SPEERS: But, again, how confident are you that that money will be there? That $1 billion you have earmarked for savings? Forecasts over the last year or so haven't been great ...

WONG: Well, this is a Treasury assessment. It's not a political assessment, it's a Treasury assessment. And people who want to throw stones at that I suspect are not people who are able to make an assessment of similar quality themselves.

SPEERS: Can I just go to another Budget related question. It’s not a rule-in rule-out one. But it’s just about whether this year’s Budget will -

WONG: Are you sure? (laughs)

SPEERS: (laughs) … Whether it will include an update on the carbon tax revenues because, as you know, in two years it transitions from a fixed price to an emissions trading scheme and it looks pretty clear that the price is going to drop fairly dramatically to where the European price is. That will affect revenues, won't it?

WONG: Well, there is a few hypotheticals in there, including what projections for the carbon price might be in the 2015-2016 year and beyond that. What I’d say is this -

SPEERS: You don't think the European price will be $29 do you, surely?

WONG: I’m saying that's a hypothetical scenario and I'm not going to be drawn on that. What I would say is we update and review all of our estimates and forecasts in every budget update and this will be no different.

SPEERS: So there will be an update on what Treasury expects the carbon price to be after it goes to a floating price?

WONG: As I said, we update and review our estimates in every budget update and this will be no different. That's what we do when we put the Budget together. We have a look at the forecasts, the projections. We have a look at our assessments about expenditure going forward. And we make the decisions which we are then transparent about with the Australian people which I have to say puts us in stark contrast to Tony Abbott who doesn't want to tell you anything about what he’d actually do.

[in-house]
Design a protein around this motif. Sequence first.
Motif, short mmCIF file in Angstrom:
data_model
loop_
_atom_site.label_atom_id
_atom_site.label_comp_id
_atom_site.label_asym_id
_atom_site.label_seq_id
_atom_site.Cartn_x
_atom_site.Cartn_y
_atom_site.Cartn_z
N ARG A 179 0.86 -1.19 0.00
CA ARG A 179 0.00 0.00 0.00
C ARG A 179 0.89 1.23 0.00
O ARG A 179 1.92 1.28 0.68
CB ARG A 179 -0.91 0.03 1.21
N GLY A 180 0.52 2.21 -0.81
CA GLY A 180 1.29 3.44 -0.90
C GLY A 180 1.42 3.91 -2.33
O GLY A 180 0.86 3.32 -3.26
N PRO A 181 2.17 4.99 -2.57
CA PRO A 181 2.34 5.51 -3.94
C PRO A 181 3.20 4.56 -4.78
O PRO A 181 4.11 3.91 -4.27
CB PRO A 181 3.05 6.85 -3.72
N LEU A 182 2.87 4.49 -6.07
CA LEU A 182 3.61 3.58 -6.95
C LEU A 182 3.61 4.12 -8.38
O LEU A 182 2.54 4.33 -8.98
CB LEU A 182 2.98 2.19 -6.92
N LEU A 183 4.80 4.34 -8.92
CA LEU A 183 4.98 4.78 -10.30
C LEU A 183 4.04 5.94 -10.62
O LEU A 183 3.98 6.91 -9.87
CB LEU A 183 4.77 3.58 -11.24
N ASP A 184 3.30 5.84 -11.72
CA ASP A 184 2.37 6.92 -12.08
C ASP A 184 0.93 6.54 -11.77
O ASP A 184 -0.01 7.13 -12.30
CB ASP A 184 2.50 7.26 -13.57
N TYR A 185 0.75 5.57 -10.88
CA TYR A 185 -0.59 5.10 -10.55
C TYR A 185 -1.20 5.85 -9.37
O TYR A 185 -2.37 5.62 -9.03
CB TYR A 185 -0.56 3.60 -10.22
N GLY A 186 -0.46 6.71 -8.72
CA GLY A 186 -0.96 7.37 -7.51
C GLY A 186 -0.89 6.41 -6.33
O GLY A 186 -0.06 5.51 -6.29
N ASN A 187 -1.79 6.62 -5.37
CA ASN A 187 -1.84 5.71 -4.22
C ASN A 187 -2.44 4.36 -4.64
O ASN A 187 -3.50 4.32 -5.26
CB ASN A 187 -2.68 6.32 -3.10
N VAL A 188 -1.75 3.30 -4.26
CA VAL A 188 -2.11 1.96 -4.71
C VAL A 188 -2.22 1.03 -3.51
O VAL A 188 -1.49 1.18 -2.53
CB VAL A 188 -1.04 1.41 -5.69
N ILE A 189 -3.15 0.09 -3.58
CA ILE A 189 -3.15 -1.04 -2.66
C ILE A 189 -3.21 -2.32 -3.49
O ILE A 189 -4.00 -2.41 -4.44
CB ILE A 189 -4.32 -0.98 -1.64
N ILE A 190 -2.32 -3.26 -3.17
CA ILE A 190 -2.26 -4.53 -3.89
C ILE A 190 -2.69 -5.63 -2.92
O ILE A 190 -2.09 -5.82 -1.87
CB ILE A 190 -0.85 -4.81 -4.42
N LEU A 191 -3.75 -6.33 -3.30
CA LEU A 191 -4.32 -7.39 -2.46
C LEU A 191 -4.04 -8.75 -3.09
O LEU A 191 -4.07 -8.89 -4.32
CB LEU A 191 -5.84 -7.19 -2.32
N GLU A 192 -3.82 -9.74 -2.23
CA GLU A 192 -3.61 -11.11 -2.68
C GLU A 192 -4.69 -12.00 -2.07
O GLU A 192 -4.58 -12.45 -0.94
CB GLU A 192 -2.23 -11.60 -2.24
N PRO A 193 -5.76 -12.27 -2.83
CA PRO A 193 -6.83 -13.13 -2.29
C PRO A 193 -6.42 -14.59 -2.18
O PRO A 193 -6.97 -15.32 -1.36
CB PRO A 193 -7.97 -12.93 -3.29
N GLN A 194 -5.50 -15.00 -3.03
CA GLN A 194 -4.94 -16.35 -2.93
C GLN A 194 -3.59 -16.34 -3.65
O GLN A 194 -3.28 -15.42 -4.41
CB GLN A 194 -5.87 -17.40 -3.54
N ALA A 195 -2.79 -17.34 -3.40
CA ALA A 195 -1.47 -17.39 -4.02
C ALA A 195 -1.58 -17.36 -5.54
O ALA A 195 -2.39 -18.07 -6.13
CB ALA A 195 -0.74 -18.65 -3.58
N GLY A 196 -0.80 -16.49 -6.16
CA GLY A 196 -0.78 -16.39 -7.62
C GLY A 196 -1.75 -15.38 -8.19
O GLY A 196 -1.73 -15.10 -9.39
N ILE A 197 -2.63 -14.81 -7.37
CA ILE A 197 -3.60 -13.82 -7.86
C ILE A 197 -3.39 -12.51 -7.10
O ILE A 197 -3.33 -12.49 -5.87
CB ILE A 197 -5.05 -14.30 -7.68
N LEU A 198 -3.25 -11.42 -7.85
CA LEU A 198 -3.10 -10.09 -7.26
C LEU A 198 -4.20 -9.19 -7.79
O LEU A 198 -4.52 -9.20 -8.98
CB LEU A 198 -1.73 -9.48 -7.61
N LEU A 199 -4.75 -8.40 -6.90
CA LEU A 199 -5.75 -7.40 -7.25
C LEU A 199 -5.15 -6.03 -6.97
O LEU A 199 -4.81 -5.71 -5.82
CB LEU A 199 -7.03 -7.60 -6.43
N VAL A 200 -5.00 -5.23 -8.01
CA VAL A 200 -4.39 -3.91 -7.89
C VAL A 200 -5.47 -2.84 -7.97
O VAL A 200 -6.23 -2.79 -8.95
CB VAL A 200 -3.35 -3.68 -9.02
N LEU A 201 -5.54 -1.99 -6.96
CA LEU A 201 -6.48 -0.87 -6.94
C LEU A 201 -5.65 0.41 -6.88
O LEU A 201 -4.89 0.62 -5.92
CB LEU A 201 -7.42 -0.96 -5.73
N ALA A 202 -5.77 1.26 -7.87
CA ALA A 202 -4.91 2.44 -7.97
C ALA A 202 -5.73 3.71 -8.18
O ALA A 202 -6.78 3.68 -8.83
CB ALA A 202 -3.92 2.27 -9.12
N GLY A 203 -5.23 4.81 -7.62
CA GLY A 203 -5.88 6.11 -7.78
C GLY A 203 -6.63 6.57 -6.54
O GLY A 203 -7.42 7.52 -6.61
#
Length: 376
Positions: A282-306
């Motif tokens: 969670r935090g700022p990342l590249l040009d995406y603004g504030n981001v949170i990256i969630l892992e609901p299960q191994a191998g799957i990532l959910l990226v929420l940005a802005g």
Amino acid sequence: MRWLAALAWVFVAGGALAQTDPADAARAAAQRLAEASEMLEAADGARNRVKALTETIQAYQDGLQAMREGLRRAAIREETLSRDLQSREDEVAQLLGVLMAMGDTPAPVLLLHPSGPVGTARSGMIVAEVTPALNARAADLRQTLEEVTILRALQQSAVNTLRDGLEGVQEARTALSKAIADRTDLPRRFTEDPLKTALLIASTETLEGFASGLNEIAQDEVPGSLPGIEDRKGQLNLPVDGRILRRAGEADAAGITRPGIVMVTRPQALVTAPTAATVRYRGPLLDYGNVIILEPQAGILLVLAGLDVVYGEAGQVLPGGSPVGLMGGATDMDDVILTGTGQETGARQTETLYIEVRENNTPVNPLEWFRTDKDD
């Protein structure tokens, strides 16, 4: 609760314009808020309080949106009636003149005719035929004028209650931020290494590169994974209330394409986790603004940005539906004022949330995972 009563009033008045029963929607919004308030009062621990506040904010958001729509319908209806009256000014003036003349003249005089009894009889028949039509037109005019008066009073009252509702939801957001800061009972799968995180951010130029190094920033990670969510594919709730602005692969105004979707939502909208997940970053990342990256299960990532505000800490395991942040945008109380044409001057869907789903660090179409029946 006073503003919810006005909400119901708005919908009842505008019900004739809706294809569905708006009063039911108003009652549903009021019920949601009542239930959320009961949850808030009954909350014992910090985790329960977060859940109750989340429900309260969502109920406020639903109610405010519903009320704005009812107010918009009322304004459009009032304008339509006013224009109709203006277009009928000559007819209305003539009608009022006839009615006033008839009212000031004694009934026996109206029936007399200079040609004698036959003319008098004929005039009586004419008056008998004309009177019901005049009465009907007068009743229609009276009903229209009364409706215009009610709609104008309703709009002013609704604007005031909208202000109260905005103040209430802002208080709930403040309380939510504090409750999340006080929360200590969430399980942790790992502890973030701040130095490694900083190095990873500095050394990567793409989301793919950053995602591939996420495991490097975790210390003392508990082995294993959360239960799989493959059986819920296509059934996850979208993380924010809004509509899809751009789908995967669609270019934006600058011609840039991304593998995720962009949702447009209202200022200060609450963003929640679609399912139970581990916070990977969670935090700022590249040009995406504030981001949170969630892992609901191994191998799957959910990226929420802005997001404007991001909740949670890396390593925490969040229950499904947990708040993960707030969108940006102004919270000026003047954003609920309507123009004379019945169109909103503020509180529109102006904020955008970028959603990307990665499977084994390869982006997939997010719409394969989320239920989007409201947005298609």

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SPEERS: A couple of questions on politics if I can. The Greens...

WONG: I thought this was all on politics, David (laughs).

SPEERS: (laughs) Policies, Minister, policies.

WONG: I’m very glad.

SPEERS: Do you have any regrets on the deal done with the Greens at the start of this parliamentary term; the document signed between the Prime Minister and Bob Brown at the time… any regrets about that now?

WONG: We had a Parliament elected in the last election where the Australian people returned to Parliament where no party had a clear majority and we had a responsibility to form a stable government that was capable of delivering the policies that are needed for the economy and for the country and that's what we did. I'm not surprised by what's occurred in the last 24 hours. I think the Greens are intrinsically a party of protest. I think it always sat somewhat uneasily on them the discipline of having to be part of decisions such as a Government would take. We are a party of government. We understand you have to make difficult choices. And unlike the Greens we do have a much stronger focus on economic management and jobs.

SPEERS: Can I also ask you about… well, there’s been a bit of a tit for tat - the Treasurer has been accusing Tony Abbott this week of importing Tea Party style politics to Australia, a reference to the US Republicans. The Opposition Leader has hit back by saying it is the Coalition who has home grown policies, to use his words ‘with an Australian accent’ and he referred to the deeply negative politics that Labor has been trying to import from the UK and the US. Some have read that as a shot at the Prime Minister bringing in a Scotsman as her communications director. Does it really matter where ideas come from if they are good ideas? What do you make of all of this?

WONG: First on the Australian accent issue - I think in modern multicultural Australia we have long understood that your patriotism and your contribution to this nation have nothing to do with your accent. I think this demonstrates again how out of touch Mr Abbott is. In terms of the Tea Party issue, I think that the Treasurer is absolutely right to point to some of the economic policies - or lack thereof - that Tony Abbott has. We’ve seen some of them in recent days with the leaking of policies involving moving people north and a whole range of unfunded dams being built all over the country. The reality is Tony Abbott seems to take more of his economic advice from Senator Barnaby Joyce than anybody sensible.

SPEERS: Alright, Finance Minister Penny Wong, we will have to leave it there. Thank you very much for joining us this afternoon.

WONG: Good to speak with you.

ENDS